Times of India reported on Monday that in almost all private hospitals along the E.M. Bypass (a major road on Kolkata’s east), there were more patients on waiting lists than the total number of beds the government has promised. So hospitals expect the beds to be occupied as soon as they’re made available, leaving very few – if any – for patients post-festival.
State health secretary Narayan Swaroop Nigam spoke to medical superintendents designated COVID-19 hospitals over video on Saturday, October 17, and discussed future courses of action. Four things found special mention in Nigam’s instructions to these hospitals:
1. Increasing the number for-COVID-19 beds across the state
2. Tracing and treating asymptomatic patients
3. Increasing number of safe-homes so that only critical patients could get admitted to hospitals, and
4. Stocking up on medicines, steroids and equipment for festival days
The state is also planning to appoint protocol supervisors and a clinical coordinator in each district.
On October 19, Nigam reviewed the situation in another meeting with district magistrates, with chief secretary Bandyopadhyay and the top police brass of Howrah and Kolkata also present. During this meeting, Chief Minister Mamata Banerjee spoke to officials over phone and asked them to be prepared on all fronts.
Speaking to The Wire Science on Sunday, chief secretary Bandyopadhyay said the government had done what was necessary to stop the spread of the virus during the puja.
“We spontaneously cancelled this year’s immersion carnival that is organised by the government, and is attended by thousands of people, including foreign dignitaries,” he said. “We are not allowing shops, fares or cultural programmes in the vicinity of the pandals. We asked organisers and the common people to desist from going overboard with rituals like pushpanjali. We encouraged physical distancing and we have not allowed any elaborate pandal inaugurations.”
The Wire Science also reached out to a number of administrators at government-run COVID-19 hospitals. Most of them declined to comment – although the deputy medical superintendent of a government medical college said, “There is no dearth of oxygen cylinders. Masks and PPEs are being centrally procured by the health department and supplied to us. We are not facing any scarcity.”
A private agency that supplies medical equipment to government hospitals, including to the Kolkata Medical College and IPGMER, confirmed that they had been alerted about a possible hike in demand in November.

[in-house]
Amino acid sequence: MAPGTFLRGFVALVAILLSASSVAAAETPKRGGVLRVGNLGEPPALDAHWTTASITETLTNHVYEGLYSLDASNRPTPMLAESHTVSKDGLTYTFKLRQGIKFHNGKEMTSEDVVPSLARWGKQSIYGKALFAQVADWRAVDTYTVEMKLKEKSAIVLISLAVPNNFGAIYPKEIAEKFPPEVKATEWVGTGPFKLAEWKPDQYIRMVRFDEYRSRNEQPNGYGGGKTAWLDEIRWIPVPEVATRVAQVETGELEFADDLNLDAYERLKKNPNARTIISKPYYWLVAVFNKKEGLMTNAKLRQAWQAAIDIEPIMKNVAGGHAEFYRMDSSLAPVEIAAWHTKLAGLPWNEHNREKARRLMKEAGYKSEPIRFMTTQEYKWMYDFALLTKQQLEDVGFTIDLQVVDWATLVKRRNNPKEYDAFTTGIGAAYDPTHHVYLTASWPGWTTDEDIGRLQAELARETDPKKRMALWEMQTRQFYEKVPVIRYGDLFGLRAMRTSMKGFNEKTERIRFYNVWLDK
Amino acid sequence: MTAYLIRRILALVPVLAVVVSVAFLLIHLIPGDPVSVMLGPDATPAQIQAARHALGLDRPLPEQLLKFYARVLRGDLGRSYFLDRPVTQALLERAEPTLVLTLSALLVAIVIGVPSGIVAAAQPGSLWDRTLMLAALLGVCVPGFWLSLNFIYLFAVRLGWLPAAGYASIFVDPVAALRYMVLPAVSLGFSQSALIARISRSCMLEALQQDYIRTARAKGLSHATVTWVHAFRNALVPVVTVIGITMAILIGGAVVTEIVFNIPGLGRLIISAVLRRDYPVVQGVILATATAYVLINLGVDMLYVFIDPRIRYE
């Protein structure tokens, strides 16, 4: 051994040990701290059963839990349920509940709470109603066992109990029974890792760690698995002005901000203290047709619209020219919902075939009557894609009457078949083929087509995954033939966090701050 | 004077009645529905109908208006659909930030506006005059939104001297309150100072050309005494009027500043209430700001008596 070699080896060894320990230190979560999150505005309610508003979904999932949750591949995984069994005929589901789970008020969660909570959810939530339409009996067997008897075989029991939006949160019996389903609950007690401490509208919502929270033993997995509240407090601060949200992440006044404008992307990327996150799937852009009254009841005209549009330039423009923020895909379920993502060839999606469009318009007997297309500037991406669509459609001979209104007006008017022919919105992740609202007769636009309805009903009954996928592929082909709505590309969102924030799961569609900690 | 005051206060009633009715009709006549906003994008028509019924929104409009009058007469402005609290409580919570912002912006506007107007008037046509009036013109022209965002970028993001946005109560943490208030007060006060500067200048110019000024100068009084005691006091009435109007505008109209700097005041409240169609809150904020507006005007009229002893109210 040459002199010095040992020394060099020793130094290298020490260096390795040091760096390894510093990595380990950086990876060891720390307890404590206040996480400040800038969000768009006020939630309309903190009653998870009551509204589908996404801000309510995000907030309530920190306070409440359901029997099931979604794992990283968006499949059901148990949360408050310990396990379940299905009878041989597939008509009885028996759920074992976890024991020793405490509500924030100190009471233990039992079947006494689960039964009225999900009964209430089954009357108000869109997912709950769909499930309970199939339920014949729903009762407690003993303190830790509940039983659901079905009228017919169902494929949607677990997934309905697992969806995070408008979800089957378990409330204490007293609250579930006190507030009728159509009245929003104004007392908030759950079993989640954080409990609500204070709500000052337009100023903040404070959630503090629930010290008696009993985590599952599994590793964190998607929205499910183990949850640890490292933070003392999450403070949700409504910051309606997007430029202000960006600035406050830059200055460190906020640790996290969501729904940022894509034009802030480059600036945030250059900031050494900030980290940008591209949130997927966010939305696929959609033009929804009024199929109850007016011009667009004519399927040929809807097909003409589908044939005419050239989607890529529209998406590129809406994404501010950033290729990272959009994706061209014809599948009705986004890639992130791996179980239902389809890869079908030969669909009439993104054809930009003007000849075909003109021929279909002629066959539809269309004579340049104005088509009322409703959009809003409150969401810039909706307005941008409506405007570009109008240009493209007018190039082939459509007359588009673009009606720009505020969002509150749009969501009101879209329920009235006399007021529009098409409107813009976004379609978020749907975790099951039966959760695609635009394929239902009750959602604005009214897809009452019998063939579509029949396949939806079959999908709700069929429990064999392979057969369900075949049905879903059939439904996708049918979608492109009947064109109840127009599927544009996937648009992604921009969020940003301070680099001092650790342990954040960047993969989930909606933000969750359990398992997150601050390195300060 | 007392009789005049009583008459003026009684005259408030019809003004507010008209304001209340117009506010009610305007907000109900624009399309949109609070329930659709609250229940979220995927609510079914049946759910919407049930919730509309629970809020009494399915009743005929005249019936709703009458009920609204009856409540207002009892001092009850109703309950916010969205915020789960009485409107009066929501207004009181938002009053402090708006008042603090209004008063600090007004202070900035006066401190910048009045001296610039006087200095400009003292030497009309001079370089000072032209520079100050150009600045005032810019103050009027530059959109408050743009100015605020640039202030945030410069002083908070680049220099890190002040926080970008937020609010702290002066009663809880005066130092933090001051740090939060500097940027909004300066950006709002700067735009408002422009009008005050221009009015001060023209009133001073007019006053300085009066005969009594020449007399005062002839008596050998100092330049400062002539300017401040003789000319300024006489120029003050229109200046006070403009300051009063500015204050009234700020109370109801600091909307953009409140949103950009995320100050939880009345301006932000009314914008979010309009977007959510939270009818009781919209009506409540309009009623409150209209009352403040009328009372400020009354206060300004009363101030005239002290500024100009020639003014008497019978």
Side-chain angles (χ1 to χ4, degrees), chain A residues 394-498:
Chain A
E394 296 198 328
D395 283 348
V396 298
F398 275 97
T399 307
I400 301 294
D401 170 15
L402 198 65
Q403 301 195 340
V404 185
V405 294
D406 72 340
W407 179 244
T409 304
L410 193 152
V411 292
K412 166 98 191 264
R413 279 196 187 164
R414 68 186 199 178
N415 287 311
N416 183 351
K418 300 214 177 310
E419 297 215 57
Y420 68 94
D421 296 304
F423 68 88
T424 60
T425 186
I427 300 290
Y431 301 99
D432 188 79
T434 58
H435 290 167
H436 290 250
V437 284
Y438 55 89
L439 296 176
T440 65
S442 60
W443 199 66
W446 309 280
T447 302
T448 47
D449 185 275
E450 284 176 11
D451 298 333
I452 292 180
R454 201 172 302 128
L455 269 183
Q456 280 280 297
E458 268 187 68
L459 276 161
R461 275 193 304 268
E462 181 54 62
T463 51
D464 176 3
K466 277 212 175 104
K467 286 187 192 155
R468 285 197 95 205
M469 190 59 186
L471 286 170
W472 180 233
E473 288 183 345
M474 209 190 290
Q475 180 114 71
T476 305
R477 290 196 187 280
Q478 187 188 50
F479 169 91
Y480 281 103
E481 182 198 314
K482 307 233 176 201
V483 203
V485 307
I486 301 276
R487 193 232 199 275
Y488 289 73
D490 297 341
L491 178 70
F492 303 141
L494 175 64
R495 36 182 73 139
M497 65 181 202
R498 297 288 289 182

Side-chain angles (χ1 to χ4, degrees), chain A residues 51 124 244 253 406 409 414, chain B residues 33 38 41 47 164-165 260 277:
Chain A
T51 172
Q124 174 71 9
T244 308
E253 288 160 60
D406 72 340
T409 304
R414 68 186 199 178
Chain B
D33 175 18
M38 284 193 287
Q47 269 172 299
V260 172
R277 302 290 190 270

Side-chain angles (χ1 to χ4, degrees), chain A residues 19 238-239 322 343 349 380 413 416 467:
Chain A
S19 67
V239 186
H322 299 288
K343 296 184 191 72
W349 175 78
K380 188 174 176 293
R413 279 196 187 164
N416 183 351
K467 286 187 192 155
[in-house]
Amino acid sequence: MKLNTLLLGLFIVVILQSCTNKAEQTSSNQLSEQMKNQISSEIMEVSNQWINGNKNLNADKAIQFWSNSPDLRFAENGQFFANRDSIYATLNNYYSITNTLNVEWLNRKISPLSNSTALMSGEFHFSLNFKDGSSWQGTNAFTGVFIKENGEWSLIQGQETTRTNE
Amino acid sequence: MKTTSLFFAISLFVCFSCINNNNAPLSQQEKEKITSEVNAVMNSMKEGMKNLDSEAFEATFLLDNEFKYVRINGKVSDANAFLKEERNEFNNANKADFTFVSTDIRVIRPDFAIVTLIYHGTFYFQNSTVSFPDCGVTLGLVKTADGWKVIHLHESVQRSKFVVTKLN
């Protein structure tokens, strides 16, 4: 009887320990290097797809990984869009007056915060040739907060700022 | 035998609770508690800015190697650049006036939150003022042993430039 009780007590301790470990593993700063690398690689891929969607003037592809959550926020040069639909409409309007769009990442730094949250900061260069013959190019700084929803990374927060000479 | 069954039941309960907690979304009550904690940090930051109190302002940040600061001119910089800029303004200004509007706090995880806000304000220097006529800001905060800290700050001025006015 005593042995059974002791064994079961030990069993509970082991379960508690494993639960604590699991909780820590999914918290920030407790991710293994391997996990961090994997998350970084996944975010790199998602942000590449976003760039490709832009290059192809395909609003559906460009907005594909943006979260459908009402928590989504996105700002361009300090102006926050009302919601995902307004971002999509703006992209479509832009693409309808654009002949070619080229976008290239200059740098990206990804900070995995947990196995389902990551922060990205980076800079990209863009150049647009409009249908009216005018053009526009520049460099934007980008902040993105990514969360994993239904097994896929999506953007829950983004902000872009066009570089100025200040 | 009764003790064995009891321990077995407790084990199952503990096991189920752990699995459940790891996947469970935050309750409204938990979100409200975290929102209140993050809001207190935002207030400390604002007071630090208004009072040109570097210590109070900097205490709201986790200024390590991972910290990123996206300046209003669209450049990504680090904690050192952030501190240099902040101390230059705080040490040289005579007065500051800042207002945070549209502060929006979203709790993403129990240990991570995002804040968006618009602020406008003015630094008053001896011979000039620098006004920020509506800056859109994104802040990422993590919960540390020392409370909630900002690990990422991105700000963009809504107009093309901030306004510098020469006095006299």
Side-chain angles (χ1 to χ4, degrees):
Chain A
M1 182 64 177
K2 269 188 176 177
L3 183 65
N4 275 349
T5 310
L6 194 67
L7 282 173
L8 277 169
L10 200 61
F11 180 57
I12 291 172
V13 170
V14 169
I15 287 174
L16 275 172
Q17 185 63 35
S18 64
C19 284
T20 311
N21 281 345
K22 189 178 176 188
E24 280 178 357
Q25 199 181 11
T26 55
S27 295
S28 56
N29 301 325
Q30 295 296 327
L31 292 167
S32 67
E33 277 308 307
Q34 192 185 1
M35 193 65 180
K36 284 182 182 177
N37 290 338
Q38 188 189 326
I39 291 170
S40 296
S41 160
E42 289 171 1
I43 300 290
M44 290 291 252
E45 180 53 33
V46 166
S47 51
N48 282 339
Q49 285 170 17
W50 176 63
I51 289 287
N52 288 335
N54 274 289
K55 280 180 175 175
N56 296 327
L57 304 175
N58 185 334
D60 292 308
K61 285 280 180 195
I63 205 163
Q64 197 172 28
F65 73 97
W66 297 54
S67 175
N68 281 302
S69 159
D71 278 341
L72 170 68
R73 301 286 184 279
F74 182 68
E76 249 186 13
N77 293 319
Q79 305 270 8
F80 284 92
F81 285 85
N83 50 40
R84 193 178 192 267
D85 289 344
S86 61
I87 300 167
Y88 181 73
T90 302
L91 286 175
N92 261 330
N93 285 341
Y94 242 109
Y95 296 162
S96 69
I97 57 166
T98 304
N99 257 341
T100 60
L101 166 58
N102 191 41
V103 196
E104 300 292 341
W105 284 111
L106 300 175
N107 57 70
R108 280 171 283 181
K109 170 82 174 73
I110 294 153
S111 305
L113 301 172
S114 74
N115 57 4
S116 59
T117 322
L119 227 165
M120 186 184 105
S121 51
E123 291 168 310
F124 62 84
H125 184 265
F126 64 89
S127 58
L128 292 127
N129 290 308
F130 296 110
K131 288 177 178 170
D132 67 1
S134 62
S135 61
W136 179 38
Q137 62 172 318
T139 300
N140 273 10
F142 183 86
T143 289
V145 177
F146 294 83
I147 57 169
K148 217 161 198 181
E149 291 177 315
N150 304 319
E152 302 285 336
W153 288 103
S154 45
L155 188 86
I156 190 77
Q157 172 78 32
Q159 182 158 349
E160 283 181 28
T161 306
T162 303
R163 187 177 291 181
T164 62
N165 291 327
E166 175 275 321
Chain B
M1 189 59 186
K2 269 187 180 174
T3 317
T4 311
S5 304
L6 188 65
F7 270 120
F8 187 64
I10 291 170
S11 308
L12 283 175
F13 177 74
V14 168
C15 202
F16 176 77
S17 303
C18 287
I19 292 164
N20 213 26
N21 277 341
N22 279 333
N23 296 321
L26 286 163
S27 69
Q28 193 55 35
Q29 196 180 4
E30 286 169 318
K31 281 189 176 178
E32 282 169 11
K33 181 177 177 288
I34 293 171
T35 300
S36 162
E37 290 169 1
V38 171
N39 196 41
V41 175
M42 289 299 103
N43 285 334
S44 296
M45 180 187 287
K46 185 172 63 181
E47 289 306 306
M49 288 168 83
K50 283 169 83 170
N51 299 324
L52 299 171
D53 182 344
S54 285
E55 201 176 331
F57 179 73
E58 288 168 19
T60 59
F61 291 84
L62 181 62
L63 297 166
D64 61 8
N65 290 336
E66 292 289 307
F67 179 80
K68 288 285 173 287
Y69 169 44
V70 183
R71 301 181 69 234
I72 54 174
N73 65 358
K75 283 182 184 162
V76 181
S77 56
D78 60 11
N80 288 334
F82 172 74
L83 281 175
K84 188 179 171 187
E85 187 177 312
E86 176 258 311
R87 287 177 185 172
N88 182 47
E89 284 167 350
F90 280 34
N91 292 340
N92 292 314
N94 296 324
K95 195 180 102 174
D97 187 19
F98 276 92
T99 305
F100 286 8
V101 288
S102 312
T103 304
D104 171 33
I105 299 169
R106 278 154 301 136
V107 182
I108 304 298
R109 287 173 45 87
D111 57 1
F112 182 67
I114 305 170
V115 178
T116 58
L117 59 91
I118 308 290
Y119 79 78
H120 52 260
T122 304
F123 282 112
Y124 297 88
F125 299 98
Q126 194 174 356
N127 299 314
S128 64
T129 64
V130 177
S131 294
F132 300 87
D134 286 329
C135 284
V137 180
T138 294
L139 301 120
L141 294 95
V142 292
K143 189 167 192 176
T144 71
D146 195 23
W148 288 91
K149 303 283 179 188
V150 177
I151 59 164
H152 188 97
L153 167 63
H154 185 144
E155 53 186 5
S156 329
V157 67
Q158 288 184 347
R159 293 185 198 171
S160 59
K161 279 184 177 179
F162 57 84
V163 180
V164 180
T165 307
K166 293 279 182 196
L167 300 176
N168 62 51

However, one doctor treating COVID-19 patients at Kolkata Medical College said the use of oxygen cylinders – and not pipeline oxygen – was an issue in most government hospitals. “Many COVID-19 patients need to be administered high-flow nasal oxygen round the clock,” he told The Wire Science. “So cylinders keep getting exhausted and all of a sudden a patient gets desaturated. The cylinder is replaced only when a doctor or a nurse notices this. Pipeline supply of oxygen should have been highly effective in COVID-19 wards.”
In its Monday order, the Calcutta high court also acknowledged the state government’s steps – but said the sizes of crowds turning up at a few pandals on Sunday night raised questions over its ability to implement the measures. If schools and colleges have been shut for six months, how can people be allowed to come out on the street for a festival, it wondered. Earlier, it had directed puja organisers to spend the state’s sop of Rs 50,000 to buy masks and hand-sanitisers.
Dr Sarkar, who is also vice-chairman of Medica Hospitals, said the court’s verdict could be seen as a starting point as far as putting in place a proper disease-control mechanism was concerned.
However, he was also sceptical of the state’s proposed addition of 600 critical care beds within a fortnight. In his estimate – “without being too puritanical” – a critical care bed entails enough oxygen supply, a way to monitor blood pressure, oxygen saturation and ECG 24/7, a doctor and three or four nurses “for 10-15 beds”.
So, he continued, “I don’t think it is possible to increase critical care infrastructure in the state by 50% within a couple of weeks,” he said. “If someone is claiming to achieve this – either they have never added beds to any health setup, or they don’t know anything about critical care.” He added that in his hospital, leaves of all doctors and paramedical staff have been cancelled during the puja.
Late on Monday, the Forum for Durgotsab, a collective of various puja organisers, decided to challenge the Calcutta high court order in the Supreme Court. “It is too late to call off Durga Puja,” Avishek Bhattacharyya, an assistant secretary of the forum, said. “The livelihoods of thousands of people are linked with pujo. We think this order would push their lives into complete darkness.”
Indradeep Bhattacharyya is an independent journalist based in Kolkata.